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Transformative Technologies 2010 nominees: Enzyme platforms

| June 7, 2010

Nominations: Enzyme technologies
To vote in Transformative Technologies 2010, visit here.

Codexis has received up to a $4.7 million grant from the U.S. Department of Energy for development of technology to remove CO2 from coal-fired power plant emissions using biocatalysts. The grant supports development of biocatalysts for more efficient carbon capture from coal-fired power plants. The technology is based on customized carbonic anhydrase biocatalysts that have the potential to enable cost effective, energy efficient capture of carbon dioxide. Codexis is developing this technology in collaboration with CO2 Solution Inc., based in Quebec, Canada.

In December, Dyadic International published an in-depth description of its Chrysosporium lucknowense (C1) fungus platform, in the Journal of Cereal Science. The article highlights the natural ability of the fungus to produce neutral cellulases, as well as the discovery of hemicellulase and esterase- encoding genes in the fungus. “All these enzymes were found to be active towards arabinoxylans, demonstrating the high potential of C1 as a producer of hemicellulolytic enzymes,” the article summary said.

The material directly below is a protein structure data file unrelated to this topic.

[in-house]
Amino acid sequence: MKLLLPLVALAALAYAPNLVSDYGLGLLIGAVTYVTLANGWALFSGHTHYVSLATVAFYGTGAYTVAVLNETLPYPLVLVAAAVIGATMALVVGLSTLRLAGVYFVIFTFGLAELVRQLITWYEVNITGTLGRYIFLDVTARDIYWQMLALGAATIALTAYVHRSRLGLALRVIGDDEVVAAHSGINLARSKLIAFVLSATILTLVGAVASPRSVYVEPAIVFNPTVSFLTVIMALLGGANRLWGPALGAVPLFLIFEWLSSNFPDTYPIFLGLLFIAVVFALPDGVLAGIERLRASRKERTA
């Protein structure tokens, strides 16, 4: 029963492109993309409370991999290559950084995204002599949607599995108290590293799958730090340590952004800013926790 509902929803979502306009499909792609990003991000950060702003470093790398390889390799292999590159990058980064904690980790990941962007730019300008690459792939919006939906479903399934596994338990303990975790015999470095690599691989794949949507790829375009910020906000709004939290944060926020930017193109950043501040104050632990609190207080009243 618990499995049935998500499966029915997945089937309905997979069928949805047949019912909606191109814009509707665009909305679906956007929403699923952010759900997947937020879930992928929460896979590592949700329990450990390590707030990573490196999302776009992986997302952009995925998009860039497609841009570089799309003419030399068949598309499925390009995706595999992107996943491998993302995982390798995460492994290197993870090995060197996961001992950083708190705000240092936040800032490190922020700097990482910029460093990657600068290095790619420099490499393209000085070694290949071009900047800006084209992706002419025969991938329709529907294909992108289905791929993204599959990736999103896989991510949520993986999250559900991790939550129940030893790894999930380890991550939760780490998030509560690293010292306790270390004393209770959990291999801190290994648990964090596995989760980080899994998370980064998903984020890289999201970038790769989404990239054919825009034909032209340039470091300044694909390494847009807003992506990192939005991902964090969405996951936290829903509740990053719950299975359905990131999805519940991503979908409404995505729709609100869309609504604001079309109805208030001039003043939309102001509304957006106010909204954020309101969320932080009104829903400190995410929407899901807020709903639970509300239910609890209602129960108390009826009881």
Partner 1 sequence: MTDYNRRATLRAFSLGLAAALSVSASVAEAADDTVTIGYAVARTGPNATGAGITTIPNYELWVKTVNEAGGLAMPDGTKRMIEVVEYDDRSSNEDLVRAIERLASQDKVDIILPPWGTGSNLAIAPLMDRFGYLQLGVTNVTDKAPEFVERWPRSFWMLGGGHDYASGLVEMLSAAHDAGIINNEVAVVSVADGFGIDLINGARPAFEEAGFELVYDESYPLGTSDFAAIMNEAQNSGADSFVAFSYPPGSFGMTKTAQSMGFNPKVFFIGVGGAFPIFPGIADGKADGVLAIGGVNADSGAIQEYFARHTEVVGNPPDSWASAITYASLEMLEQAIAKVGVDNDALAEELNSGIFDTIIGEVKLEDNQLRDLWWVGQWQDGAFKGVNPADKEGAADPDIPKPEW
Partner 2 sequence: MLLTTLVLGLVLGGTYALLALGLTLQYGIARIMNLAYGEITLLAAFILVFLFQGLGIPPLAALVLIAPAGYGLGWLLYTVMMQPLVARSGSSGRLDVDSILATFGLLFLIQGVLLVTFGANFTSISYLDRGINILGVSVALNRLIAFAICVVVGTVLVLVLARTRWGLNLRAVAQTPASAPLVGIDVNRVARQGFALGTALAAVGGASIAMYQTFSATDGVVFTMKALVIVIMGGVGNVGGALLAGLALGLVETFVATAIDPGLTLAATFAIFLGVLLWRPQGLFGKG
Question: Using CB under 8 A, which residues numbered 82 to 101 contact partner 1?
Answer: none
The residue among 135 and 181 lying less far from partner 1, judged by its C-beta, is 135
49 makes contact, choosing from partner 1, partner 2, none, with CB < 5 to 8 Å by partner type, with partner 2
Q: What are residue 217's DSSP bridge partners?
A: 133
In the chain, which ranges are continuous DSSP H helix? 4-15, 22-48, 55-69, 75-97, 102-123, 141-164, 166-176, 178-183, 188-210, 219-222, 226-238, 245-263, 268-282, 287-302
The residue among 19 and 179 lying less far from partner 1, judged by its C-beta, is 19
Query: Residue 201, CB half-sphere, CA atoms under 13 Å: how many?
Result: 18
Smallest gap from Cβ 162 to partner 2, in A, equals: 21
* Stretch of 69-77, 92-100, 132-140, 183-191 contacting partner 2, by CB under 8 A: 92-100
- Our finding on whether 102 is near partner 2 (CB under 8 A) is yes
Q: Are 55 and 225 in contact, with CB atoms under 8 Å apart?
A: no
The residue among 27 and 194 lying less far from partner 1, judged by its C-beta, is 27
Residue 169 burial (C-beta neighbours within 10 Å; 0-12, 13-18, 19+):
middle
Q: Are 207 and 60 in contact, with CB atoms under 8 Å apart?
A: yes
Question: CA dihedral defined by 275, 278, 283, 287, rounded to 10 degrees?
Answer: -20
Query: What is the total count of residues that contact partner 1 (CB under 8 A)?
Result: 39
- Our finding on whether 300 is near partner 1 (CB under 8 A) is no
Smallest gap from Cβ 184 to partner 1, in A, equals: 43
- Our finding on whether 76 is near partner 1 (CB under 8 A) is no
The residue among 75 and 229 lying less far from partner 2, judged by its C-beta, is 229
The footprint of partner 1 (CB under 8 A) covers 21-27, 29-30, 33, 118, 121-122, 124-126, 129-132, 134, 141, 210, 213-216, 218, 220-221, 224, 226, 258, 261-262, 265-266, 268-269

Genencor announced the introduction of Accellerase DUET, featuring a 300 percent + increase in enzyme yields. With improved overall hemicellulase activity, Accellerase  DUET builds on the advances in beta-glucosidase and cellulase activity previously made by Accellerase 1500. These additional improvements allow Accellerase DUET to achieve higher sugar and biofuel yields, often at 3-fold lower dosing, and to be feedstock- and pretreatment- flexible.


Cellic CTec can provide cellulosic ethanol plants with up to a 2X enzyme dose reduction. A typical 55 MGY plant only needs to receive enzyme deliveries twice a week – freeing up capital costs and bringing affordable cellulosic ethanol into reach.

University of York project
Wood-eating gribble for low-cost biofuel. A project at the University of York to use enzymes produced by the wood-eating sea gribble (that causes wood rot in ships) to produce ethanol from wood waste.

Louisiana Tech enzyme project

Nanotechnology for cheaper biofuel. A project at Louisiana Tech University to immobilize and re-use enzymes.

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